Andrew Chats with Stella Donnelly

Andrew Chats with Stella Donnelly


CONTENT WARNING: sexual assault is talked about in this article.

Andrew saw Fremantle-bred songwriter Stella Donnelly play a whopping six times at SXSW, partly because she was at all the best showcases, but mostly because she’s worth it! Stella found some time during her insanely busy schedule to sit down with Andrew on a lovely Austin patio and chat about Australian and Welsh music, their intersection, and why it’s important to talk about the things that are hard to talk about. It went a little something like this:

Andrew: Thanks for being here Stella!

Stella Donnelly: Thank you so much for talking to me Andrew!

A: Is there any album or artist you listened to where you thought “I have to do this?

S: Yeah! Well early days, there’s a Welsh band called Catatonia that was really important for me. Cerys Matthews manages to get her aggression out in such a sweet way, so I was accidentally influenced by her, I love her so much…Billy Bragg, his “Workers’ Playtime” album is really special, he always manages to find a suburban way of talking about the heavier things in life which i love. One line in particular, where he sings: ”no amount of poetry can mend this broken heart, but you can put hoover round if you want to make a start.” I love that line, it totally encompasses what real love is. So, those two back in the day. More recently, Angel Olsen’s “My Woman”, Aldous Harding from New Zealand, her album “Party”…so many artists I can’t think of off the top of my head! Cate Le Bon from Wales, so many from Australia…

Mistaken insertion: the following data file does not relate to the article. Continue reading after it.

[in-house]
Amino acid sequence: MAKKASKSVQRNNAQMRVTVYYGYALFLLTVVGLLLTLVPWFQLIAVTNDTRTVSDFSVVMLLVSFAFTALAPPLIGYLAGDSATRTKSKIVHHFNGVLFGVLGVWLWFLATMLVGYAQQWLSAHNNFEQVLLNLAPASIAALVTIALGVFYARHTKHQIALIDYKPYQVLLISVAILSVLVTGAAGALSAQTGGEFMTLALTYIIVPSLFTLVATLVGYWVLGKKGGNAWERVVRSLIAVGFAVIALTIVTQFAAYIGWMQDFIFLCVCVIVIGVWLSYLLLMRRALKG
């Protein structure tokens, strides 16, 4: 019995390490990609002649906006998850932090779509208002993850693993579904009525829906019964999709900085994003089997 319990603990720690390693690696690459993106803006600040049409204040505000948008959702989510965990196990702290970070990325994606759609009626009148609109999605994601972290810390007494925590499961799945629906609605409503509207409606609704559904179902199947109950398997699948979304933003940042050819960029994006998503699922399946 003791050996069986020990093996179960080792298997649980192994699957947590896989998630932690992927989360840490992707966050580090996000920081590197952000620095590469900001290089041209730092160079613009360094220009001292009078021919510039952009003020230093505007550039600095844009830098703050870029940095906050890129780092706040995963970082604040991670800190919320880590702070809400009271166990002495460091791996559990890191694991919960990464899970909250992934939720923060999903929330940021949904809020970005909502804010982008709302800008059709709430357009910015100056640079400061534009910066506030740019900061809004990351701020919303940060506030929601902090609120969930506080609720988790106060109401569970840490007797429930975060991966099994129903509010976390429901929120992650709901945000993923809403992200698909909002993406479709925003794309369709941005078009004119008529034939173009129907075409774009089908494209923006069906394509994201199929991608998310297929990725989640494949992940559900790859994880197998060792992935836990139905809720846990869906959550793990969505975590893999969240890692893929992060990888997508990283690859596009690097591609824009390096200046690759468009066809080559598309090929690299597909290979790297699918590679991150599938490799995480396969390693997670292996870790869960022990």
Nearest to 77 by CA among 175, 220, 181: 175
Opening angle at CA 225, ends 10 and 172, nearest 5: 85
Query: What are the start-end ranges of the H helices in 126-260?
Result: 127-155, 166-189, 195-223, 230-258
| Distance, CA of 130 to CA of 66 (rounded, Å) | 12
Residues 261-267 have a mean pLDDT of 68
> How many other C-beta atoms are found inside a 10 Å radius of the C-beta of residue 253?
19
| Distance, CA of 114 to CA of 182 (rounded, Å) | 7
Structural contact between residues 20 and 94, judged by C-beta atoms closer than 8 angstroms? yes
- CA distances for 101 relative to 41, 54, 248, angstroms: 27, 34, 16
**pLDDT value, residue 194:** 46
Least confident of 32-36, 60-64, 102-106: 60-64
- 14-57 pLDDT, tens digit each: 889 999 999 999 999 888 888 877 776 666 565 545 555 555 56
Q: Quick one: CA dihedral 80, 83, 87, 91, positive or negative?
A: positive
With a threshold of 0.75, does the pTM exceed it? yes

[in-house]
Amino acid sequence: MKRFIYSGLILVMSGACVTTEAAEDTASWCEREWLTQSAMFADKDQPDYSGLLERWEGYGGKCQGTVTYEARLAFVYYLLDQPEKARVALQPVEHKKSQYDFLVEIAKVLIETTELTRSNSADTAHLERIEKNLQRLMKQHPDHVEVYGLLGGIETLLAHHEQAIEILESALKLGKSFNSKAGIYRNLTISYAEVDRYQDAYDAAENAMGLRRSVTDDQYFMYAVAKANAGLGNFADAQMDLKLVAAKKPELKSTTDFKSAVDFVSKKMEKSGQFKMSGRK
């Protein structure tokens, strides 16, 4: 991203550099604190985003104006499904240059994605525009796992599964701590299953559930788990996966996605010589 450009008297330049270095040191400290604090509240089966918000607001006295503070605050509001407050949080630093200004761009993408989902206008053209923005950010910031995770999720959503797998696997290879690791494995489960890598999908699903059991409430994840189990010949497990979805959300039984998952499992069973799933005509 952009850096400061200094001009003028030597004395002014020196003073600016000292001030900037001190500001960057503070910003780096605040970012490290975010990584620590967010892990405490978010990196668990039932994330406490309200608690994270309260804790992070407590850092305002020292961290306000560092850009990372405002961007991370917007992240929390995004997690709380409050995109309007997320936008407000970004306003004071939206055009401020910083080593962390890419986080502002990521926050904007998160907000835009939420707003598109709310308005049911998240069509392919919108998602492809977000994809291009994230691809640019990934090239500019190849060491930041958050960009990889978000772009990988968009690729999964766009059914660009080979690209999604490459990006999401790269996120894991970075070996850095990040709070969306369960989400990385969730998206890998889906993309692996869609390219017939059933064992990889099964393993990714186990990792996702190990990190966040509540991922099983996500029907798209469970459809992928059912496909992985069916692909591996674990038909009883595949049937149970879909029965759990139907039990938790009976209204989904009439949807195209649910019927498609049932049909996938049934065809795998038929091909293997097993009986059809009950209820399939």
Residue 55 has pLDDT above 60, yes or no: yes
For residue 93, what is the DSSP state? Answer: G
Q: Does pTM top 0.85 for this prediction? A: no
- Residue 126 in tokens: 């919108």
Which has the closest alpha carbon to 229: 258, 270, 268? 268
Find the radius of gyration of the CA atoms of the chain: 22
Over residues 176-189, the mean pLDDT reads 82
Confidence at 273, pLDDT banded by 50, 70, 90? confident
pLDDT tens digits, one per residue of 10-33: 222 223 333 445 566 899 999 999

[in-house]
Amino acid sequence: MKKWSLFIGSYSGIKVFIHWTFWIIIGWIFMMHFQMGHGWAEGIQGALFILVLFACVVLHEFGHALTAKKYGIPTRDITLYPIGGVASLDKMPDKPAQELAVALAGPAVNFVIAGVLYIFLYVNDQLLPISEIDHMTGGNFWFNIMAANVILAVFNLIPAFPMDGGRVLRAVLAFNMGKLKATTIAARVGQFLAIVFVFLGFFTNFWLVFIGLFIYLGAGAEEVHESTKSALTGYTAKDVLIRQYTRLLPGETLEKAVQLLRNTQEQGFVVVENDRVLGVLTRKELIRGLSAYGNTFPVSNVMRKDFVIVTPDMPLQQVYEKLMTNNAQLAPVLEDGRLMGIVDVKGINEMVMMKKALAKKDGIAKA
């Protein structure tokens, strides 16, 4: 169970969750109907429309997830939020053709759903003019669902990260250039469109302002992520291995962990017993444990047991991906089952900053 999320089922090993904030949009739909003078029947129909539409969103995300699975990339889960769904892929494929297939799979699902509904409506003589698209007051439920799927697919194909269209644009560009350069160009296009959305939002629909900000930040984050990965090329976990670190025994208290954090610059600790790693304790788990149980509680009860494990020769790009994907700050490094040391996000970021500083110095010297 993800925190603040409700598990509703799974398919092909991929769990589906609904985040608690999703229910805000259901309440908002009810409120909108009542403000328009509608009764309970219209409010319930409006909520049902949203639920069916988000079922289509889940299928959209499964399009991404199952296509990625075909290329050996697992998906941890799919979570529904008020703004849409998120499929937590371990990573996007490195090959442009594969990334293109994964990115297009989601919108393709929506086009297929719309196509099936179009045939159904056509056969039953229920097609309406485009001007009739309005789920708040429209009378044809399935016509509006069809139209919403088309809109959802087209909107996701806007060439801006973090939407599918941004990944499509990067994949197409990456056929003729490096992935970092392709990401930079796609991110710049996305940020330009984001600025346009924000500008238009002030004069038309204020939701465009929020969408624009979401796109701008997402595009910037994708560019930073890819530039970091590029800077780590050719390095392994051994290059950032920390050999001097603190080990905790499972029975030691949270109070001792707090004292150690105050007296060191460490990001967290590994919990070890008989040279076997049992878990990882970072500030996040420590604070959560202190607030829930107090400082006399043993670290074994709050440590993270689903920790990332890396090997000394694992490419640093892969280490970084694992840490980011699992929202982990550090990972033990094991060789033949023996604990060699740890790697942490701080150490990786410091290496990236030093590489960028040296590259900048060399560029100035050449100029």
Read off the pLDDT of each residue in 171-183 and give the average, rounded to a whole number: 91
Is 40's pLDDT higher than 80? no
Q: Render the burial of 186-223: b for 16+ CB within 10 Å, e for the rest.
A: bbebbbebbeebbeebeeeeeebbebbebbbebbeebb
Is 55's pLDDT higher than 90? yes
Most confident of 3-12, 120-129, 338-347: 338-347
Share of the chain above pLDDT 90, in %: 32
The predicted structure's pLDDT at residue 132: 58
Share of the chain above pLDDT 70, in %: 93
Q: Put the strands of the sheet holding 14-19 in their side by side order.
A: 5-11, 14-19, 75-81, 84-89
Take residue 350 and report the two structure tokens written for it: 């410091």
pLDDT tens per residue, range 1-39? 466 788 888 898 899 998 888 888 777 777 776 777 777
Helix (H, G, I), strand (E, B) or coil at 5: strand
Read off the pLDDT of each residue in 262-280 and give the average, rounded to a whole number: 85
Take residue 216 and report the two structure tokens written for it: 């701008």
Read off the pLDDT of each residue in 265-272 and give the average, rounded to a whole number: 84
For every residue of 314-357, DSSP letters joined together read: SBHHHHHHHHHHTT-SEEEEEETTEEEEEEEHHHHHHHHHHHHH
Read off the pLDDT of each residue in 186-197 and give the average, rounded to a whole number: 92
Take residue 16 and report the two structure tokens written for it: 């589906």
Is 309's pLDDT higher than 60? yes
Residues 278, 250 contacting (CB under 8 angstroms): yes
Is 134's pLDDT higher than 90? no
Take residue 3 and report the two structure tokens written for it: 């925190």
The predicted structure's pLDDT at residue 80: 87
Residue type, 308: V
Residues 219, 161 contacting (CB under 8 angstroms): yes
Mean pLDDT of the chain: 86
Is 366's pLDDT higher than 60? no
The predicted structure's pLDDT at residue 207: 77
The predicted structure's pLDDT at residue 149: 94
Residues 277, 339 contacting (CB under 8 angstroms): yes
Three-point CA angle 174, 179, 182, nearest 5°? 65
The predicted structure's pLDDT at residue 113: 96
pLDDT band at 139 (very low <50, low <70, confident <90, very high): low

A: So, it just so happens my two favorite music countries in the world are Australia and Wales.

S: That’s amazing! And I’m a little combo of both!

A: I know! How’d that combo happen?
S: Well my mum is welsh, dad’s Australian, so that’s how it happened. I lived in Wales for a portion of my childhood then moved back to Australia, so I’ve got very strong ties to both countries, beautiful families on either side, and big music influences, which is great. It’s been really lucky…my dad really got into the Welsh music, so he’d always be playing Stereophonics and Catatonia, and my mom really got into the Australian music and loved Paul Kelly and Midnight Oil…they both love music, and really supported each others’ tastes.

A: Every band you’ve dropped is lighting up my world right now.

S: Awww that’s so sweet!

A: I have to ask–are you a Manic Street Preachers fan at all?

S: You know, my parents–I actually never got given that. I really need to get in there and listen to Manic Street Preachers!

A: Oh man, this is the moment I wish I had a stack of records to hand you. Because other than Smashing Pumpkins, Manics are my favorite band of all time.

S: Okay, I’ve got to have a listen!

A: So when did you first start writing?

S: When I was 16. I’d played guitar and piano since I was 9, had lessons for like 10 years…I wrote a really bad song about my grandma’s house, which was sweet at the time, but looking back now, I think I rhymed “place” with “place,” which is as bad as Pitbull rhyming “Kodak” with “Kodak”…so yeah, I started writing little songs and it continued from there. I started playing gigs when I was 17, mostly covers. Then I worked my way for 8 years, and here I am now.

A: What covers did you have in circulation?